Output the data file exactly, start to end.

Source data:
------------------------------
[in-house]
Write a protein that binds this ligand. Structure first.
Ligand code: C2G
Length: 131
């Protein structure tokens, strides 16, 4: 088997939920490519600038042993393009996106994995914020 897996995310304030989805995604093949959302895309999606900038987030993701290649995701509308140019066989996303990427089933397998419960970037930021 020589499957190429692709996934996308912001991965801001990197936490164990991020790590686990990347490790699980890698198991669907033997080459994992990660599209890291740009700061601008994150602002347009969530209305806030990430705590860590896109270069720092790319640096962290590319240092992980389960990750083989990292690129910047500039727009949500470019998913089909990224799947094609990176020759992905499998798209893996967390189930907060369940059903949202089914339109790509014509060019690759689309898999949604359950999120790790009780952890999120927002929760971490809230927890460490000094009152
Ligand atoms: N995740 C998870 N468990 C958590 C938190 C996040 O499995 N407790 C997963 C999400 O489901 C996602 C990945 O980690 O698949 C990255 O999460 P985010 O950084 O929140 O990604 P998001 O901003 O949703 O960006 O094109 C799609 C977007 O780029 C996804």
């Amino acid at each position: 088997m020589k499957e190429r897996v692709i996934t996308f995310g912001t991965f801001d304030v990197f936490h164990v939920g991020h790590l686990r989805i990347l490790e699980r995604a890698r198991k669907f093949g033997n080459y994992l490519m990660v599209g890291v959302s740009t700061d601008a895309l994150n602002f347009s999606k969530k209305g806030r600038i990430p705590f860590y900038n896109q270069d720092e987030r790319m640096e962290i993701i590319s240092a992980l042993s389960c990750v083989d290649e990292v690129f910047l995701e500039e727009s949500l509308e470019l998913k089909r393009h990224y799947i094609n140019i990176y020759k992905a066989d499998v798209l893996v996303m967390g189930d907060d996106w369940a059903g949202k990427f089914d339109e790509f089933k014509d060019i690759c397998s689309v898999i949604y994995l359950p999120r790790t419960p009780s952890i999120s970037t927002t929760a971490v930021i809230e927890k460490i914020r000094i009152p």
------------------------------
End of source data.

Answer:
[in-house]
Write a protein that binds this ligand. Structure first.
Ligand code: C2G
Length: 131
């Protein structure tokens, strides 16, 4: 088997939920490519600038042993393009996106994995914020 897996995310304030989805995604093949959302895309999606900038987030993701290649995701509308140019066989996303990427089933397998419960970037930021 020589499957190429692709996934996308912001991965801001990197936490164990991020790590686990990347490790699980890698198991669907033997080459994992990660599209890291740009700061601008994150602002347009969530209305806030990430705590860590896109270069720092790319640096962290590319240092992980389960990750083989990292690129910047500039727009949500470019998913089909990224799947094609990176020759992905499998798209893996967390189930907060369940059903949202089914339109790509014509060019690759689309898999949604359950999120790790009780952890999120927002929760971490809230927890460490000094009152
Ligand atoms: N995740 C998870 N468990 C958590 C938190 C996040 O499995 N407790 C997963 C999400 O489901 C996602 C990945 O980690 O698949 C990255 O999460 P985010 O950084 O929140 O990604 P998001 O901003 O949703 O960006 O094109 C799609 C977007 O780029 C996804």
């Amino acid at each position: 088997m020589k499957e190429r897996v692709i996934t996308f995310g912001t991965f801001d304030v990197f936490h164990v939920g991020h790590l686990r989805i990347l490790e699980r995604a890698r198991k669907f093949g033997n080459y994992l490519m990660v599209g890291v959302s740009t700061d601008a895309l994150n602002f347009s999606k969530k209305g806030r600038i990430p705590f860590y900038n896109q270069d720092e987030r790319m640096e962290i993701i590319s240092a992980l042993s389960c990750v083989d290649e990292v690129f910047l995701e500039e727009s949500l509308e470019l998913k089909r393009h990224y799947i094609n140019i990176y020759k992905a066989d499998v798209l893996v996303m967390g189930d907060d996106w369940a059903g949202k990427f089914d339109e790509f089933k014509d060019i690759c397998s689309v898999i949604y994995l359950p999120r790790t419960p009780s952890i999120s970037t927002t929760a971490v930021i809230e927890k460490i914020r000094i009152p």